The International Rescue Committee (IRC) is scaling up its response to the East Africa drought – the worst seen in 40 years – with $5 million to provide urgent humanitarian assistance in Ethiopia, Kenya, and Somalia. But the scale of needs resulting from extreme drought is overwhelming. The gap in funding for the humanitarian response plans for the region will cost lives – more funding is needed to support the 25 million people in East Africa facing extreme hunger and water shortages. IRC calls for a coordinated, urgent response from donors and the international community to protect lives, livelihoods and prevent famine.
Frank McManus, Country Director for Ethiopia at the IRC, says, “La Nina weather patterns and climate change has led to the driest conditions seen in Ethiopia in more than 40 years leading to 307,000 people becoming displaced as they search for water, food, and new pastures for farming. Humanitarian needs in Ethiopia are soaring as drought is exacerbated by ongoing conflict across the country. The IRC has committed 2.5 million USD to provide critical services to people in Ethiopia alone living through this severe drought, but much more needs to be done in order to meet the scale of need. The 2011 drought was catastrophic, more than 260,000 people in Eastern Africa lost their lives and millions of others went hungry as a result of extreme drought and failed crop production. This year is on track to be much worse. We urge donors, the international community, and civil society to collaborate on managing this massive shock.”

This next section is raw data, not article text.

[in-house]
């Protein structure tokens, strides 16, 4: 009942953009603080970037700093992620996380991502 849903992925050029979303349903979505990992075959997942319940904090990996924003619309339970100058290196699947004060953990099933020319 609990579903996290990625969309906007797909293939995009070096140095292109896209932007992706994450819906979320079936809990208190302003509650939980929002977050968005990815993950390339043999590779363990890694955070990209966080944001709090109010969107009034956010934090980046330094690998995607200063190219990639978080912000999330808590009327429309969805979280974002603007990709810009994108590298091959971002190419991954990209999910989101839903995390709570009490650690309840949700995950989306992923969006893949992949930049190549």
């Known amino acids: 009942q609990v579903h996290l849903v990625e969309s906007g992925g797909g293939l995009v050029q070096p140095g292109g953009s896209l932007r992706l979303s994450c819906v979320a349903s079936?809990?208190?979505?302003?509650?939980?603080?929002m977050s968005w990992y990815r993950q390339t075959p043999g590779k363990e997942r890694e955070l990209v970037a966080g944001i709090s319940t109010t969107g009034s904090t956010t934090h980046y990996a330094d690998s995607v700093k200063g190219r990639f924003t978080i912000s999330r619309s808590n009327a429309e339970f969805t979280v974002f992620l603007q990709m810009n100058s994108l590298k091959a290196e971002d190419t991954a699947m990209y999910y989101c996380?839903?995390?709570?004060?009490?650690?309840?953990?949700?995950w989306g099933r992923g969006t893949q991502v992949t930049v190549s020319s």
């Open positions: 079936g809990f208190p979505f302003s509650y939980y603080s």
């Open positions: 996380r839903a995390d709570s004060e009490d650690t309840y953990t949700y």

The crisis in Ukraine will make matters worse. The increasing cost of fuel risks driving up food prices, and fewer people will be able to access wheat imported from Ukraine and Russia- the source of 90% of East Africa’s imported wheat.
The IRC is responding to the drought in Kenya, Ethiopia, and Somalia, providing essential services such as water and cash assistance to those impacted. Without investing in more humanitarian support, IRC will see a longer-term impact on the population with their livelihoods and assets eroded. IRC is scaling up its response in southeastern Ethiopia through this contribution but much more needs to be done to meet the scale of needs.